Gill netter Lincoln Rock in Dist 8-Troy ThynesThe sockeye salmon run returning to the Stikine River near Petersburg and Wrangell was predicted to be good, but it’s turning out to be even better than expected. KFSK’s Angela Denning reports:

While the King salmon run for gill netters turned out to be worse than preseason estimates, the opposite holds true for sockeye. The state managed sockeye fishery began June 13. Biologists predicted a strong run but were cautious for the first few weeks to let more King salmon into the Stikine River. They limited openings to two days a week and prohibited fishing near the river’s opening.

After most of the Stikine Kings passed, managers saw that the sockeye run was coming in strong.

Troy Thynes is the Area Management biologist with the Alaska Department of Fish and Game based in Petersburg.

“Sockeye’s are looking pretty good this year, at least locally,” Thynes said. “We’re fairly certain that we’re going to exceed preseason expectations. Especially with the Taltan River component of the run that came in really, really strong.”

The state predicted a run size of 223,000 sockeye. That’s well above the ten year average of 172,000.

“I’m expecting it to be maybe 250,000 or greater,” Thynes said.

That would make it the best sockeye return since the strong runs of 2005-06.

The Tahltan is a tributary of the Stikine River and a major spawning area for sockeye. A weir project at the Tahltan Lake counts sockeye coming in and shows numbers now that are way above average.

Managers were expecting at least a good return because of the counting projects at the Tahltan Lake. Besides a weir that counts arriving salmon, there is a weir which counts smolt heading out of the lake to become adult fish elsewhere. There is also an enhancement project at the lake where eggs are collected, grown at a nearby hatchery and then released back into the lake as fry.

Thynes says that the Tahltan sockeye historically make up close to half of the overall Stikine run.

“And based on our catches this year, both the Canadian catches in river and gill net catches in District 8, it certainly appears that the Tahltan component of the run is going to be even stronger than what was forecast,” he said.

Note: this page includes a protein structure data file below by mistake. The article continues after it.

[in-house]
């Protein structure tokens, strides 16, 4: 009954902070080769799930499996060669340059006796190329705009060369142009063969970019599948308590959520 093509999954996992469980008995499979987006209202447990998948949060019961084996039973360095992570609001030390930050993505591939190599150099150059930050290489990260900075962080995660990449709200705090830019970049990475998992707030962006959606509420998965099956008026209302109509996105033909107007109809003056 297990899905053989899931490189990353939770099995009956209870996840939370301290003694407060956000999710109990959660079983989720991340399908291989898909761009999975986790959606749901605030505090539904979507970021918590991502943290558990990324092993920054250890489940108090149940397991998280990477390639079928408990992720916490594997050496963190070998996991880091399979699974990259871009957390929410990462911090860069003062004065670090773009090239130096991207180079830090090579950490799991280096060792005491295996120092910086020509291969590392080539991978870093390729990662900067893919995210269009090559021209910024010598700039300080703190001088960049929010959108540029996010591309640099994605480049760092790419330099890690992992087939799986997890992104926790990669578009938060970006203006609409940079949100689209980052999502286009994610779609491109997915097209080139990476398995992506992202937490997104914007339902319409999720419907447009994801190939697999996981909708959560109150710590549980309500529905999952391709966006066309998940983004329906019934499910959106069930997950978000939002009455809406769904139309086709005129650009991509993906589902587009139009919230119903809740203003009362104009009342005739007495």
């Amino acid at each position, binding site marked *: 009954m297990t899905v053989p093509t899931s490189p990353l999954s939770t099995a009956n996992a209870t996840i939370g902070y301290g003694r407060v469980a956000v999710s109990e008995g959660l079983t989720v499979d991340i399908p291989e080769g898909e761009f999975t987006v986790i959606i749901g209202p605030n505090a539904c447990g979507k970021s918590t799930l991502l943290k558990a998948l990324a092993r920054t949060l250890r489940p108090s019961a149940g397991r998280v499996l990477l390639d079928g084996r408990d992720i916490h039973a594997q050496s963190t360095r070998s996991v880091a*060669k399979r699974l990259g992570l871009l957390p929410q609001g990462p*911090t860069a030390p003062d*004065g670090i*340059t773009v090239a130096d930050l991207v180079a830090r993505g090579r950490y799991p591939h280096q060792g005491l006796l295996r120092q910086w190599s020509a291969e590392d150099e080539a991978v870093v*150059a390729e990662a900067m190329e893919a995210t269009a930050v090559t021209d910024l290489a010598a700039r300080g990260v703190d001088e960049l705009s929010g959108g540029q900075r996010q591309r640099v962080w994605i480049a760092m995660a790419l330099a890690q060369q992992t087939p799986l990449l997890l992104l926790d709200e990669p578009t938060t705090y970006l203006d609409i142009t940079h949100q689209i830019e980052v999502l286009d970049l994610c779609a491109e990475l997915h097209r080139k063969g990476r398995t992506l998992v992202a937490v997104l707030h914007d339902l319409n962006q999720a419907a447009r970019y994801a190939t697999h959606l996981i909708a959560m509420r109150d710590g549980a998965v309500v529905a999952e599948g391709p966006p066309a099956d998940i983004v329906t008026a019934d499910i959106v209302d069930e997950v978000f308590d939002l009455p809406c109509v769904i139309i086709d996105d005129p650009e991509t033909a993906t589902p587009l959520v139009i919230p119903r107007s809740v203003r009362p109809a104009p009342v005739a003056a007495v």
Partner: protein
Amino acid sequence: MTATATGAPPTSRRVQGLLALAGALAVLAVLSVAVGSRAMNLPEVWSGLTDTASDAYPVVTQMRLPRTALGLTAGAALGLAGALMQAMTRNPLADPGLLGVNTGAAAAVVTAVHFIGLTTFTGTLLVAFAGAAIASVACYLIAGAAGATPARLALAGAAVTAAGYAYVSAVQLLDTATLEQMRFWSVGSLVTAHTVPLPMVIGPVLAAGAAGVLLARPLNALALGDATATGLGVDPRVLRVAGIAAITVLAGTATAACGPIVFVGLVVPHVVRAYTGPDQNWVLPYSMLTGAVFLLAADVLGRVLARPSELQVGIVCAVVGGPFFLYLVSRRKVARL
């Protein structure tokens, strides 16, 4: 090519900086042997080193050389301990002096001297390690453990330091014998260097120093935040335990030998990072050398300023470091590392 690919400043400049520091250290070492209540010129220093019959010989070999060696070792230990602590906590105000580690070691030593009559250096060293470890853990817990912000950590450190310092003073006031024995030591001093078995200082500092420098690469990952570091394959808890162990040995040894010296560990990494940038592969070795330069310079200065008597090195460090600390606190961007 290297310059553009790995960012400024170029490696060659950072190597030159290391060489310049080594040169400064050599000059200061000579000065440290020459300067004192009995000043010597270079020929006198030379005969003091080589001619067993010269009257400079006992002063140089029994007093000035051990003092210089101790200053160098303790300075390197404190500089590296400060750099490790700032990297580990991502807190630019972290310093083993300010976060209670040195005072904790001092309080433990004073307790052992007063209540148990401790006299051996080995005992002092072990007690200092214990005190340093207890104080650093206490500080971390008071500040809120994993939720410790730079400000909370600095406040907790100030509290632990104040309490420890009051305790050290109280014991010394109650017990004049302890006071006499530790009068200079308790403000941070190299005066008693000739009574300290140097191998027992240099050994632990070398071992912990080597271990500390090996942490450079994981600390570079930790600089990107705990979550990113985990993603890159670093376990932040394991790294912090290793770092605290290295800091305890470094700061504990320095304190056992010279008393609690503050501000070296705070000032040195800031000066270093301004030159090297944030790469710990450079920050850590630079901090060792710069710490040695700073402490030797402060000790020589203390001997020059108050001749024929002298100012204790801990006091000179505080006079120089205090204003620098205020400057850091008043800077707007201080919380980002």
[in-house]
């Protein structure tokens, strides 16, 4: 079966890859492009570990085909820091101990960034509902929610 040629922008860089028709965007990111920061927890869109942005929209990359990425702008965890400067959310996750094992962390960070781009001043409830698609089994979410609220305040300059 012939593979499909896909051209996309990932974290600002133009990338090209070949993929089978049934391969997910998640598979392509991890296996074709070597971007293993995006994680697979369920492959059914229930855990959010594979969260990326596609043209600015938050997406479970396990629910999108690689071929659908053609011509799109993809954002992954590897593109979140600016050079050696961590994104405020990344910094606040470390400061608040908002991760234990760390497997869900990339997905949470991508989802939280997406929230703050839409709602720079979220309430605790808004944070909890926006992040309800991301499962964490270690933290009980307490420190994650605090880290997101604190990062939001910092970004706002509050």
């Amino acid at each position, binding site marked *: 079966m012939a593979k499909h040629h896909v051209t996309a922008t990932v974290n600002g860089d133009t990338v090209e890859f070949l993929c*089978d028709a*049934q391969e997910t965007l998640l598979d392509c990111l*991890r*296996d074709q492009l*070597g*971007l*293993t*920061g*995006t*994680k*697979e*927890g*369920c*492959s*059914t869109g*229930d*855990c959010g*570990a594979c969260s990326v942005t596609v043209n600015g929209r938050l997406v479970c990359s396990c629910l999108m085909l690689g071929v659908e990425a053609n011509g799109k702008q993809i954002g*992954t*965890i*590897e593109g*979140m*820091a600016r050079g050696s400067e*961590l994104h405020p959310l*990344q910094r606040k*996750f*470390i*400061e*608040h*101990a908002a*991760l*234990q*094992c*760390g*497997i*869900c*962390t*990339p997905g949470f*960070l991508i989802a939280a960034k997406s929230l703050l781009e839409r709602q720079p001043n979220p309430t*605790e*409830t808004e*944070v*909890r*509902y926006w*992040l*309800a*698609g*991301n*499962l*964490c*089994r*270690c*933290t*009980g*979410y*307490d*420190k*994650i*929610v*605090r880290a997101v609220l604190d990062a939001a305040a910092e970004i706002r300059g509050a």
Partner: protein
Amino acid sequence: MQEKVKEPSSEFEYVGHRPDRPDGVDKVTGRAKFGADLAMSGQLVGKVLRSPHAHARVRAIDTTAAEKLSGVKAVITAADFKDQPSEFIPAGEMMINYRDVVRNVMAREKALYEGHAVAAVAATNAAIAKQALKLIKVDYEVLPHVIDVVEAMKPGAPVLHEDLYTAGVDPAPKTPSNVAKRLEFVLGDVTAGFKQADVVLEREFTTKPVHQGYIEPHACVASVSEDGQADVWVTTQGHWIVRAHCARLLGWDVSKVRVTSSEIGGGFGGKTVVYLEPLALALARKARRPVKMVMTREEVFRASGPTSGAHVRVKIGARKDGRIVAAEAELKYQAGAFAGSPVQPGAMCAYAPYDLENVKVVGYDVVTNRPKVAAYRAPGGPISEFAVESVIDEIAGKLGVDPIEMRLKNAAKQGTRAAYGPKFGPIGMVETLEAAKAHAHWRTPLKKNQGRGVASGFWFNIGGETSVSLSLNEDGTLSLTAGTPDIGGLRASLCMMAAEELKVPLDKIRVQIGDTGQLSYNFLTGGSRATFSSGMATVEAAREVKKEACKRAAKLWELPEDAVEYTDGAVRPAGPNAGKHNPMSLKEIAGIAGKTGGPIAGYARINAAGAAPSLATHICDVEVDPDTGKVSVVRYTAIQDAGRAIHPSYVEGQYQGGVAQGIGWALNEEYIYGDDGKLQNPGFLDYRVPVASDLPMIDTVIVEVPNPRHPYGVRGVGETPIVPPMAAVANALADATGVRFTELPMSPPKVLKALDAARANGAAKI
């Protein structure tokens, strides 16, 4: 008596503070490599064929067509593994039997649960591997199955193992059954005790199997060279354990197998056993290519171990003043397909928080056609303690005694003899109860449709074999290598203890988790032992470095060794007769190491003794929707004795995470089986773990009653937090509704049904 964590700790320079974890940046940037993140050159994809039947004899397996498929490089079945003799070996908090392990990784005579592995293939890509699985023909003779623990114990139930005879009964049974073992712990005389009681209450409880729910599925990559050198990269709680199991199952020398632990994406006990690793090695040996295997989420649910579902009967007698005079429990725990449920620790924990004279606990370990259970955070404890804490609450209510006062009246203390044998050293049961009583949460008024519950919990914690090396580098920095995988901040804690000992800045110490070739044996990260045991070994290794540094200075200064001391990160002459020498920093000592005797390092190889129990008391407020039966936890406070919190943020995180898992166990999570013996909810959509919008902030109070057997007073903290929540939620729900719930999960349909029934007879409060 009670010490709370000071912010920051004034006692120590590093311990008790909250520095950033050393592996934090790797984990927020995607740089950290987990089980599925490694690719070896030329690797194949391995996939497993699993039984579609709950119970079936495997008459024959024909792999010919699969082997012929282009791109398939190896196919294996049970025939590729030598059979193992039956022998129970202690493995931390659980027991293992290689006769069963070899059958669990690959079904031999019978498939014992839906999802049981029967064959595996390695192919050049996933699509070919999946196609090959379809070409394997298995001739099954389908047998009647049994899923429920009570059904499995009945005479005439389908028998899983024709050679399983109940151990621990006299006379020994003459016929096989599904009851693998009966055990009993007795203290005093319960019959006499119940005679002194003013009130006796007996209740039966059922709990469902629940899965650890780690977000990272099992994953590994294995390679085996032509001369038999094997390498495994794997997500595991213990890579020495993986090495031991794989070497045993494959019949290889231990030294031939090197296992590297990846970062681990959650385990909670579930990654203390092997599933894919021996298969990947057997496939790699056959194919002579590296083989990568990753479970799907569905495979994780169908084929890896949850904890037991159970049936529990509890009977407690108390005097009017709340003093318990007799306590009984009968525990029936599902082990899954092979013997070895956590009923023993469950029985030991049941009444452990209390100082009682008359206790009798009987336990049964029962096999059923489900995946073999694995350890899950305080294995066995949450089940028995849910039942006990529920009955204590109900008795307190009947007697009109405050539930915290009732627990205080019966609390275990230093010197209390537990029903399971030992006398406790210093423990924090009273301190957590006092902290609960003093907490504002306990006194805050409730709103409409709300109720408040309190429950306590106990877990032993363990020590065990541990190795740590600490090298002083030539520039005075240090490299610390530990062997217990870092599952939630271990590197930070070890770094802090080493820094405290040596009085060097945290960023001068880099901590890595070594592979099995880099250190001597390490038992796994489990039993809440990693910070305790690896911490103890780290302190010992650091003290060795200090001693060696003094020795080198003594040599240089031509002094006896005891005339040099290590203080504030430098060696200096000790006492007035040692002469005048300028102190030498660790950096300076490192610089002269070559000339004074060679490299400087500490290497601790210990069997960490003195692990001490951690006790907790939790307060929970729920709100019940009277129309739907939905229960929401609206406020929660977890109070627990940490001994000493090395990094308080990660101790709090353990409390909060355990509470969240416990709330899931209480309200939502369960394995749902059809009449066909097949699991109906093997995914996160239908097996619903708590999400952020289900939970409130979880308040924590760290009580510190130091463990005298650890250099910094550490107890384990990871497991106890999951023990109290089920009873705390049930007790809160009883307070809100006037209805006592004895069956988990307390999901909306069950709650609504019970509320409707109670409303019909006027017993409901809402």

Because numbers were looking so good this season, managers liberalized commercial openings and allowed for five days of fishing per week. There were as many as 130 boats fishing in Districts 6 and 8, more than in recent years. Their harvests are estimated to be about 120,000.

Stikine sockeye are shared equally between the U.S. and Canada because the river runs through both countries. It’s part of the Pacific Salmon Treaty. Canada has taken about 69,000 sockeye and U.S. fishermen 66,000.

“Very good harvests for both countries,” Thynes said.

“So you’re in constant contact with Canada?” I asked, “so that everybody is kind of getting about the same amount? That’s the goal, 50-50?”

“The goal’s 50-50,” he said. “I mean, the ultimate goal is to ensure that we meet escapement to the river and after that the harvest sharing is 50-50.”

The size of individual sockeye has been about average this year. Gill netters have been getting about $1.35 a pound from local processors.

Now that it’s the tail end of the sockeye season, local managers will soon be turning their attention to the pink salmon fishery, the largest salmon fishery in Southeast. The Wrangell-Petersburg area will transition towards Pink salmon directed management August 1.